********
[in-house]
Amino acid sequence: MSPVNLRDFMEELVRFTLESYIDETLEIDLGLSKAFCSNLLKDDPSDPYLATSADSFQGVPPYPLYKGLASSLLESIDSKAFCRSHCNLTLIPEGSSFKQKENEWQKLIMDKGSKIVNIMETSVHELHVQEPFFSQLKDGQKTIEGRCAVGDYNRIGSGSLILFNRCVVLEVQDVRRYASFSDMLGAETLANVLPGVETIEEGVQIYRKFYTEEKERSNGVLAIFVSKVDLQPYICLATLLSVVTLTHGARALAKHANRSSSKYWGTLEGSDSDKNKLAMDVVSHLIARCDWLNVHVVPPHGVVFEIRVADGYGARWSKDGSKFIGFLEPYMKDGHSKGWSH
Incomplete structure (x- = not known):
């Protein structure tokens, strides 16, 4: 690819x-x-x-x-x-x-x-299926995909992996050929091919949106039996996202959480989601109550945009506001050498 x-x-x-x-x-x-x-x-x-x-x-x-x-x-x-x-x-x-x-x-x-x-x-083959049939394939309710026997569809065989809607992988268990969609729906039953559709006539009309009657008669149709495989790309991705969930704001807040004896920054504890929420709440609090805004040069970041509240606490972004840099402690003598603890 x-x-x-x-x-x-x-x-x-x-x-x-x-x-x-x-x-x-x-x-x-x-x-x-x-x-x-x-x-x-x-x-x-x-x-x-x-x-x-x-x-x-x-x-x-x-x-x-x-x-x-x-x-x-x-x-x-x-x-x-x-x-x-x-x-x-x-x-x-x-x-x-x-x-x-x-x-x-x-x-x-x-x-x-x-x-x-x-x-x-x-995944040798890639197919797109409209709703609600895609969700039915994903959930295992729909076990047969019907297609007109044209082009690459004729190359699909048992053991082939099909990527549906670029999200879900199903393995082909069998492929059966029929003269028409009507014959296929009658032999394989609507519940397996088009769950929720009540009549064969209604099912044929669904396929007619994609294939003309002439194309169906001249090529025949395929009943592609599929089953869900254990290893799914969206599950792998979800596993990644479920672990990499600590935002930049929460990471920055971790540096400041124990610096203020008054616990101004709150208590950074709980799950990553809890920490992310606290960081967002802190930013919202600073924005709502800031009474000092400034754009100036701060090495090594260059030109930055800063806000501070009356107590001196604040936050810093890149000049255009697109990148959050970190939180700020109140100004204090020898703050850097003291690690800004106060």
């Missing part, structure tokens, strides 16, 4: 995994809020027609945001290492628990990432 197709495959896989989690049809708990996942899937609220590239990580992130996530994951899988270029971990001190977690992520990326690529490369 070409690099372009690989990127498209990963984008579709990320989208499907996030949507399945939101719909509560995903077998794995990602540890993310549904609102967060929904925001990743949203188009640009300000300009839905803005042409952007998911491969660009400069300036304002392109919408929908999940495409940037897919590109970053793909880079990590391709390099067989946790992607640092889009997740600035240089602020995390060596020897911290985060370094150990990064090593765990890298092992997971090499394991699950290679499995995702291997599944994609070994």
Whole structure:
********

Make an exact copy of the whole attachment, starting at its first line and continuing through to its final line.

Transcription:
[in-house]
Amino acid sequence: MSPVNLRDFMEELVRFTLESYIDETLEIDLGLSKAFCSNLLKDDPSDPYLATSADSFQGVPPYPLYKGLASSLLESIDSKAFCRSHCNLTLIPEGSSFKQKENEWQKLIMDKGSKIVNIMETSVHELHVQEPFFSQLKDGQKTIEGRCAVGDYNRIGSGSLILFNRCVVLEVQDVRRYASFSDMLGAETLANVLPGVETIEEGVQIYRKFYTEEKERSNGVLAIFVSKVDLQPYICLATLLSVVTLTHGARALAKHANRSSSKYWGTLEGSDSDKNKLAMDVVSHLIARCDWLNVHVVPPHGVVFEIRVADGYGARWSKDGSKFIGFLEPYMKDGHSKGWSH
Incomplete structure (x- = not known):
């Protein structure tokens, strides 16, 4: 690819x-x-x-x-x-x-x-299926995909992996050929091919949106039996996202959480989601109550945009506001050498 x-x-x-x-x-x-x-x-x-x-x-x-x-x-x-x-x-x-x-x-x-x-x-083959049939394939309710026997569809065989809607992988268990969609729906039953559709006539009309009657008669149709495989790309991705969930704001807040004896920054504890929420709440609090805004040069970041509240606490972004840099402690003598603890 x-x-x-x-x-x-x-x-x-x-x-x-x-x-x-x-x-x-x-x-x-x-x-x-x-x-x-x-x-x-x-x-x-x-x-x-x-x-x-x-x-x-x-x-x-x-x-x-x-x-x-x-x-x-x-x-x-x-x-x-x-x-x-x-x-x-x-x-x-x-x-x-x-x-x-x-x-x-x-x-x-x-x-x-x-x-x-x-x-x-x-995944040798890639197919797109409209709703609600895609969700039915994903959930295992729909076990047969019907297609007109044209082009690459004729190359699909048992053991082939099909990527549906670029999200879900199903393995082909069998492929059966029929003269028409009507014959296929009658032999394989609507519940397996088009769950929720009540009549064969209604099912044929669904396929007619994609294939003309002439194309169906001249090529025949395929009943592609599929089953869900254990290893799914969206599950792998979800596993990644479920672990990499600590935002930049929460990471920055971790540096400041124990610096203020008054616990101004709150208590950074709980799950990553809890920490992310606290960081967002802190930013919202600073924005709502800031009474000092400034754009100036701060090495090594260059030109930055800063806000501070009356107590001196604040936050810093890149000049255009697109990148959050970190939180700020109140100004204090020898703050850097003291690690800004106060």
């Missing part, structure tokens, strides 16, 4: 995994809020027609945001290492628990990432 197709495959896989989690049809708990996942899937609220590239990580992130996530994951899988270029971990001190977690992520990326690529490369 070409690099372009690989990127498209990963984008579709990320989208499907996030949507399945939101719909509560995903077998794995990602540890993310549904609102967060929904925001990743949203188009640009300000300009839905803005042409952007998911491969660009400069300036304002392109919408929908999940495409940037897919590109970053793909880079990590391709390099067989946790992607640092889009997740600035240089602020995390060596020897911290985060370094150990990064090593765990890298092992997971090499394991699950290679499995995702291997599944994609070994």
Whole structure: